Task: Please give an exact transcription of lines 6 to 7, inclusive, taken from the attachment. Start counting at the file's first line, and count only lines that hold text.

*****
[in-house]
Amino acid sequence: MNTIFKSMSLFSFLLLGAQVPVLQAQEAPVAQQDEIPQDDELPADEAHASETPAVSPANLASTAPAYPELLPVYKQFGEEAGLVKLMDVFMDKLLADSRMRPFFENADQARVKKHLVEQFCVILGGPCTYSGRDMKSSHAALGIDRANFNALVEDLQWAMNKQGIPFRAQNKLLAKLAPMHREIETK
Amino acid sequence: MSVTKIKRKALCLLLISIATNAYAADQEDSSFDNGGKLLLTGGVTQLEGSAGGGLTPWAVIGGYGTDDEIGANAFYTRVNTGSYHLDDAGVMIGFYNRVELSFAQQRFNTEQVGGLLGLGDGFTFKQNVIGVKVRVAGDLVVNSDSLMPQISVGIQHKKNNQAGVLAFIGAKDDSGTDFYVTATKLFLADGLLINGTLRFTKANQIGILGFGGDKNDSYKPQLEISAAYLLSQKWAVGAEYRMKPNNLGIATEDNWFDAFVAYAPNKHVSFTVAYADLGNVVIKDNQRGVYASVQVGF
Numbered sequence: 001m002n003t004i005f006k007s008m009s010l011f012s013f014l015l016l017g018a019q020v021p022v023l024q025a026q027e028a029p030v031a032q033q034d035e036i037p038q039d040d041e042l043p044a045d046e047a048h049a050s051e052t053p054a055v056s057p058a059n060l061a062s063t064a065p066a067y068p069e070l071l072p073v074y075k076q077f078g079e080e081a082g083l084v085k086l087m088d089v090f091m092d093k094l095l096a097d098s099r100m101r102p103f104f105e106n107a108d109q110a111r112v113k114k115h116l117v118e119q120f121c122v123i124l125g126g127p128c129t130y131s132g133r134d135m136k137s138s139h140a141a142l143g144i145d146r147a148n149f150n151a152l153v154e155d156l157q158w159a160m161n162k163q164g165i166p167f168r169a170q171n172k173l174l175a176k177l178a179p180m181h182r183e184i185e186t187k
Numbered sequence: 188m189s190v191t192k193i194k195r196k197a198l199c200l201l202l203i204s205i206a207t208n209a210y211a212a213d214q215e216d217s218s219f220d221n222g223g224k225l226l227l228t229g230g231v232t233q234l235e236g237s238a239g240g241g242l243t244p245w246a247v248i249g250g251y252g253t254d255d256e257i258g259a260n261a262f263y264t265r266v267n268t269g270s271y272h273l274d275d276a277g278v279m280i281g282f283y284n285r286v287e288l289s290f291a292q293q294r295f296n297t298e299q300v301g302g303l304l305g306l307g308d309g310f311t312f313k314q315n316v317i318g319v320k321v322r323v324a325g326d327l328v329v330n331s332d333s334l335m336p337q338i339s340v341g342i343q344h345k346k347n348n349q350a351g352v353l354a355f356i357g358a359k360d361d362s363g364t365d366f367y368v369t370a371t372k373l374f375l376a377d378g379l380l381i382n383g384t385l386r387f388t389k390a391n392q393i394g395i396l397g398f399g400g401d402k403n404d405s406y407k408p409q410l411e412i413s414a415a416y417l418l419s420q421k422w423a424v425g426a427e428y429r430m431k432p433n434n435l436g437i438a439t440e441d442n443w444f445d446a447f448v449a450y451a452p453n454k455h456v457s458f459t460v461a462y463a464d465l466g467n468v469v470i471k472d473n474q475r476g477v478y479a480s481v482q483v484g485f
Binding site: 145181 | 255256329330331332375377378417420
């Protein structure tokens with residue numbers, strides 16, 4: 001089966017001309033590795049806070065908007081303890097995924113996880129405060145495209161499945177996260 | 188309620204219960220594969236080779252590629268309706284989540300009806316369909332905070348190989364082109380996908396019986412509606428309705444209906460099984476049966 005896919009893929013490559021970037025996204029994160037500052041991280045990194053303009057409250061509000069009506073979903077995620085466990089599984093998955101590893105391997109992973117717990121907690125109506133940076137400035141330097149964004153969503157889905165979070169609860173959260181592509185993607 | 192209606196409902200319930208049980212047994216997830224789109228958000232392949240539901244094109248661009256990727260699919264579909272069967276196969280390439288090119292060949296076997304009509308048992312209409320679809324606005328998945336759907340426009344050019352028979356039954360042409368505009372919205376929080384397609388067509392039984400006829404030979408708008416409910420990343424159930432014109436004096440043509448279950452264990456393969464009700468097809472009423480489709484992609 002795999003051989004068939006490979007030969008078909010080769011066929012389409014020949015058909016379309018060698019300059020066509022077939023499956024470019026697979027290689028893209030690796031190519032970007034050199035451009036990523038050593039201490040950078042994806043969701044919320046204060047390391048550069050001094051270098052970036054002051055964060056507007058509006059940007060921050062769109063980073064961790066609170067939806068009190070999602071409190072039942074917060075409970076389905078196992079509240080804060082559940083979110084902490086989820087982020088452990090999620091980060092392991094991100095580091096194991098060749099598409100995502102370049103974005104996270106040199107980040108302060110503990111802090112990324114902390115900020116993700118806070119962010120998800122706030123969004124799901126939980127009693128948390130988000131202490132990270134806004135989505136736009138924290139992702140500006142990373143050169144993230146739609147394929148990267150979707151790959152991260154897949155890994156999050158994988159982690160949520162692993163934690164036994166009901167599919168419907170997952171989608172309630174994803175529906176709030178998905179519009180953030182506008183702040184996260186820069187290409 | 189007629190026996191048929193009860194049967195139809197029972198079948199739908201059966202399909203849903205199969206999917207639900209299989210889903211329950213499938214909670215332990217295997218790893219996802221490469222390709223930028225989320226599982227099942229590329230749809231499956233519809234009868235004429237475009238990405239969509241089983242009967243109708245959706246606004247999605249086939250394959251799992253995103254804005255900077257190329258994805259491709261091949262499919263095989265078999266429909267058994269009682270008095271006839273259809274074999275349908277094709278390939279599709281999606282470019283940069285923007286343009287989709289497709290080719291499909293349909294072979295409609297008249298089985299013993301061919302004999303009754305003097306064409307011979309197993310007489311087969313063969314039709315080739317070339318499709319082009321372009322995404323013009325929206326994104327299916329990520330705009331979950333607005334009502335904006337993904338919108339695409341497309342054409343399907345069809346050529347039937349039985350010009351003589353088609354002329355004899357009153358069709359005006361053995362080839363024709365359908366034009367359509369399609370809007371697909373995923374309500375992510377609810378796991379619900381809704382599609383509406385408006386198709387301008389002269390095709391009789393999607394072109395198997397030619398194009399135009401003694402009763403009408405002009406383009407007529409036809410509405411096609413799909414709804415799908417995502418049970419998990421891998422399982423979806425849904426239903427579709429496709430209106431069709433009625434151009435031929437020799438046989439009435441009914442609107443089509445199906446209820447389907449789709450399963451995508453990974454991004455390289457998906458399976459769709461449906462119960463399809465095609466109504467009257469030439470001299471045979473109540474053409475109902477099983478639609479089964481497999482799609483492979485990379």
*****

Binding site: 145181 | 255256329330331332375377378417420
């Protein structure tokens with residue numbers, strides 16, 4: 001089966017001309033590795049806070065908007081303890097995924113996880129405060145495209161499945177996260 | 188309620204219960220594969236080779252590629268309706284989540300009806316369909332905070348190989364082109380996908396019986412509606428309705444209906460099984476049966 005896919009893929013490559021970037025996204029994160037500052041991280045990194053303009057409250061509000069009506073979903077995620085466990089599984093998955101590893105391997109992973117717990121907690125109506133940076137400035141330097149964004153969503157889905165979070169609860173959260181592509185993607 | 192209606196409902200319930208049980212047994216997830224789109228958000232392949240539901244094109248661009256990727260699919264579909272069967276196969280390439288090119292060949296076997304009509308048992312209409320679809324606005328998945336759907340426009344050019352028979356039954360042409368505009372919205376929080384397609388067509392039984400006829404030979408708008416409910420990343424159930432014109436004096440043509448279950452264990456393969464009700468097809472009423480489709484992609 002795999003051989004068939006490979007030969008078909010080769011066929012389409014020949015058909016379309018060698019300059020066509022077939023499956024470019026697979027290689028893209030690796031190519032970007034050199035451009036990523038050593039201490040950078042994806043969701044919320046204060047390391048550069050001094051270098052970036054002051055964060056507007058509006059940007060921050062769109063980073064961790066609170067939806068009190070999602071409190072039942074917060075409970076389905078196992079509240080804060082559940083979110084902490086989820087982020088452990090999620091980060092392991094991100095580091096194991098060749099598409100995502102370049103974005104996270106040199107980040108302060110503990111802090112990324114902390115900020116993700118806070119962010120998800122706030123969004124799901126939980127009693128948390130988000131202490132990270134806004135989505136736009138924290139992702140500006142990373143050169144993230146739609147394929148990267150979707151790959152991260154897949155890994156999050158994988159982690160949520162692993163934690164036994166009901167599919168419907170997952171989608172309630174994803175529906176709030178998905179519009180953030182506008183702040184996260186820069187290409 | 189007629190026996191048929193009860194049967195139809197029972198079948199739908201059966202399909203849903205199969206999917207639900209299989210889903211329950213499938214909670215332990217295997218790893219996802221490469222390709223930028225989320226599982227099942229590329230749809231499956233519809234009868235004429237475009238990405239969509241089983242009967243109708245959706246606004247999605249086939250394959251799992253995103254804005255900077257190329258994805259491709261091949262499919263095989265078999266429909267058994269009682270008095271006839273259809274074999275349908277094709278390939279599709281999606282470019283940069285923007286343009287989709289497709290080719291499909293349909294072979295409609297008249298089985299013993301061919302004999303009754305003097306064409307011979309197993310007489311087969313063969314039709315080739317070339318499709319082009321372009322995404323013009325929206326994104327299916329990520330705009331979950333607005334009502335904006337993904338919108339695409341497309342054409343399907345069809346050529347039937349039985350010009351003589353088609354002329355004899357009153358069709359005006361053995362080839363024709365359908366034009367359509369399609370809007371697909373995923374309500375992510377609810378796991379619900381809704382599609383509406385408006386198709387301008389002269390095709391009789393999607394072109395198997397030619398194009399135009401003694402009763403009408405002009406383009407007529409036809410509405411096609413799909414709804415799908417995502418049970419998990421891998422399982423979806425849904426239903427579709429496709430209106431069709433009625434151009435031929437020799438046989439009435441009914442609107443089509445199906446209820447389907449789709450399963451995508453990974454991004455390289457998906458399976459769709461449906462119960463399809465095609466109504467009257469030439470001299471045979473109540474053409475109902477099983478639609479089964481497999482799609483492979485990379």